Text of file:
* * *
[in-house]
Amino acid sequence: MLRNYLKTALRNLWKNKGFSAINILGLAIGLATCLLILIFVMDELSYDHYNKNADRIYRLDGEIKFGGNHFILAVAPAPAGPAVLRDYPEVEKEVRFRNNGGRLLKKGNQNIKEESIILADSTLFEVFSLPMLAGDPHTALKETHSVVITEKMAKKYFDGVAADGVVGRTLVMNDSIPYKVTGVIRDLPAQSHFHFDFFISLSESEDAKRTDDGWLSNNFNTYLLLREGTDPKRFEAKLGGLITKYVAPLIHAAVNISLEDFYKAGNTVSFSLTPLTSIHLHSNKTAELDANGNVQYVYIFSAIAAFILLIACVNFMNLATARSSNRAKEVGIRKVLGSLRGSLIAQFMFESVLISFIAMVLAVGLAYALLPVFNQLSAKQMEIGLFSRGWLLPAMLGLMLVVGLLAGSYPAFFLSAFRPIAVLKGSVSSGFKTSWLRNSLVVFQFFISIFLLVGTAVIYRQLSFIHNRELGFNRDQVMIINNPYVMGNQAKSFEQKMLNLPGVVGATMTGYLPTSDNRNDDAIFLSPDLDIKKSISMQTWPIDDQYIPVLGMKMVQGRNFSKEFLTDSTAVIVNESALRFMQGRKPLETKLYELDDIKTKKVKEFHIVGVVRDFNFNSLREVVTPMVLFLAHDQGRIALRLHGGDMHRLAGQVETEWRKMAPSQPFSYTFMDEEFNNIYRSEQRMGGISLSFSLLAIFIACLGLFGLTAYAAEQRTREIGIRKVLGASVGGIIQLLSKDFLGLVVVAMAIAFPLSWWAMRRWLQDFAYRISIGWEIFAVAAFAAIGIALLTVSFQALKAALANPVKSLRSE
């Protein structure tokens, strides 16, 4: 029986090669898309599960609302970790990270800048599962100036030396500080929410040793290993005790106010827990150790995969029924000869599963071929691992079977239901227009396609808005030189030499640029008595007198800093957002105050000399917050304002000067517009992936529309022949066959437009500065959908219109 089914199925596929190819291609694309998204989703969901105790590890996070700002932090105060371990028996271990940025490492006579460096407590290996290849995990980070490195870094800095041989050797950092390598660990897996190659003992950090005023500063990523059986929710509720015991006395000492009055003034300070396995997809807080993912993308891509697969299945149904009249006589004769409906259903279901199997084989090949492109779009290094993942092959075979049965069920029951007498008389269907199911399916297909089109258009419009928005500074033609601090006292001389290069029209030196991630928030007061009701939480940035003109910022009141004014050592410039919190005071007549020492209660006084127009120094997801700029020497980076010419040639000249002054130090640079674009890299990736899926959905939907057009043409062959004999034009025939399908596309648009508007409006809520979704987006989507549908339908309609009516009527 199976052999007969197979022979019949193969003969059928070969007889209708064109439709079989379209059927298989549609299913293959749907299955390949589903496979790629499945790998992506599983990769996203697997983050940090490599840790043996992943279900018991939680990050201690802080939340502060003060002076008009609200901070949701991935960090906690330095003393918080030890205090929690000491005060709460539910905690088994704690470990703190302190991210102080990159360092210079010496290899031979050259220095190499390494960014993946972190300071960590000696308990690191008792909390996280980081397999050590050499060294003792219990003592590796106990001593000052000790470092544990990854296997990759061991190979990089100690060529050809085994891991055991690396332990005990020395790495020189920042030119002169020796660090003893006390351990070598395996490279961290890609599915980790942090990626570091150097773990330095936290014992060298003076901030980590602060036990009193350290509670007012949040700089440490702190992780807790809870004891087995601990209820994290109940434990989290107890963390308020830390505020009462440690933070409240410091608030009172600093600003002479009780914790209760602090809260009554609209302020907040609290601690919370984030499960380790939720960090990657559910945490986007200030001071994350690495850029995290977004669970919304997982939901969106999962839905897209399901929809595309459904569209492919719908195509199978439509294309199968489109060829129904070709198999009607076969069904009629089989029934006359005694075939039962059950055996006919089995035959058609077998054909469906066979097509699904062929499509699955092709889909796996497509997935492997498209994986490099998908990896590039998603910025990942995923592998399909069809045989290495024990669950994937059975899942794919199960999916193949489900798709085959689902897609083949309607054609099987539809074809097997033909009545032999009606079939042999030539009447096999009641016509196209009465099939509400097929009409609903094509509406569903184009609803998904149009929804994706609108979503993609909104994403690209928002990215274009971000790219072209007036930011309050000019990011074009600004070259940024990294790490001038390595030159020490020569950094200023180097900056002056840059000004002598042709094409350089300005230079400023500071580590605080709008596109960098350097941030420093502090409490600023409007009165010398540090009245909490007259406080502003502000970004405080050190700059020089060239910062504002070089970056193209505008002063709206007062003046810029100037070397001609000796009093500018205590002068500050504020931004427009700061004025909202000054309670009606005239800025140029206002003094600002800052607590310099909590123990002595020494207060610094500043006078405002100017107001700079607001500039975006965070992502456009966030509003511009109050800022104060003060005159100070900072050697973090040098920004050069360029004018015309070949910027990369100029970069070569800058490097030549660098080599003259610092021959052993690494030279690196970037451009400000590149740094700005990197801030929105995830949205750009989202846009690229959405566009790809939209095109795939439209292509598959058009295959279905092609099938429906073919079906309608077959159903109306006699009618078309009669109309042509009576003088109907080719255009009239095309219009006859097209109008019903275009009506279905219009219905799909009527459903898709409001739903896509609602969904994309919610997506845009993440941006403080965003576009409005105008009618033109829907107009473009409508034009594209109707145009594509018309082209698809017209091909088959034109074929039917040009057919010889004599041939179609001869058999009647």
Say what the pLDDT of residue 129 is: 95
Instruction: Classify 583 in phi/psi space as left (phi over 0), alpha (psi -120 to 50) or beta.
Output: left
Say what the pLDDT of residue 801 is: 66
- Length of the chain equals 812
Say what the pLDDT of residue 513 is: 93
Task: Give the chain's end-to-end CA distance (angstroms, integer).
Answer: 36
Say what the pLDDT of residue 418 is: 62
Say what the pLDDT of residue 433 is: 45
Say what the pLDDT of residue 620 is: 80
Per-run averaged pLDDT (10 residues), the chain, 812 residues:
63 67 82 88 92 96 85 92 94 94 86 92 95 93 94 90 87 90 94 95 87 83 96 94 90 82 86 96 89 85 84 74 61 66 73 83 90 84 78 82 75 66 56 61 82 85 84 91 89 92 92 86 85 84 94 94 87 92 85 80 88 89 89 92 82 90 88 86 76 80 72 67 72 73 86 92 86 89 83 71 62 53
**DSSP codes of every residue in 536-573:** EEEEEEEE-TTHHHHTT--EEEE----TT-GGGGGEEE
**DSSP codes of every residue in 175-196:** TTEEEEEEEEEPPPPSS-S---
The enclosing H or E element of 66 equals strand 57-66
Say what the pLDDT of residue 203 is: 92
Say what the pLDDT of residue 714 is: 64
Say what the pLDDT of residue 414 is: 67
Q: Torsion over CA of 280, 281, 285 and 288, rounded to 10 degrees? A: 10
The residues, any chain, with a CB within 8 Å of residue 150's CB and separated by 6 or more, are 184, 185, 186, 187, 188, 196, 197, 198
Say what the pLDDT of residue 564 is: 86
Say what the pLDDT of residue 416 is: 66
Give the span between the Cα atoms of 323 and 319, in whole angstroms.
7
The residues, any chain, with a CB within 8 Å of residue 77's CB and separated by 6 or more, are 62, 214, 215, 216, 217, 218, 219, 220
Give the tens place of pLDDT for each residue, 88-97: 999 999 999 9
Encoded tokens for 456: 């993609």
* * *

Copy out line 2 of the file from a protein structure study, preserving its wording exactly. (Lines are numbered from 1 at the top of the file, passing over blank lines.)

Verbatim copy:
Amino acid sequence: MLRNYLKTALRNLWKNKGFSAINILGLAIGLATCLLILIFVMDELSYDHYNKNADRIYRLDGEIKFGGNHFILAVAPAPAGPAVLRDYPEVEKEVRFRNNGGRLLKKGNQNIKEESIILADSTLFEVFSLPMLAGDPHTALKETHSVVITEKMAKKYFDGVAADGVVGRTLVMNDSIPYKVTGVIRDLPAQSHFHFDFFISLSESEDAKRTDDGWLSNNFNTYLLLREGTDPKRFEAKLGGLITKYVAPLIHAAVNISLEDFYKAGNTVSFSLTPLTSIHLHSNKTAELDANGNVQYVYIFSAIAAFILLIACVNFMNLATARSSNRAKEVGIRKVLGSLRGSLIAQFMFESVLISFIAMVLAVGLAYALLPVFNQLSAKQMEIGLFSRGWLLPAMLGLMLVVGLLAGSYPAFFLSAFRPIAVLKGSVSSGFKTSWLRNSLVVFQFFISIFLLVGTAVIYRQLSFIHNRELGFNRDQVMIINNPYVMGNQAKSFEQKMLNLPGVVGATMTGYLPTSDNRNDDAIFLSPDLDIKKSISMQTWPIDDQYIPVLGMKMVQGRNFSKEFLTDSTAVIVNESALRFMQGRKPLETKLYELDDIKTKKVKEFHIVGVVRDFNFNSLREVVTPMVLFLAHDQGRIALRLHGGDMHRLAGQVETEWRKMAPSQPFSYTFMDEEFNNIYRSEQRMGGISLSFSLLAIFIACLGLFGLTAYAAEQRTREIGIRKVLGASVGGIIQLLSKDFLGLVVVAMAIAFPLSWWAMRRWLQDFAYRISIGWEIFAVAAFAAIGIALLTVSFQALKAALANPVKSLRSE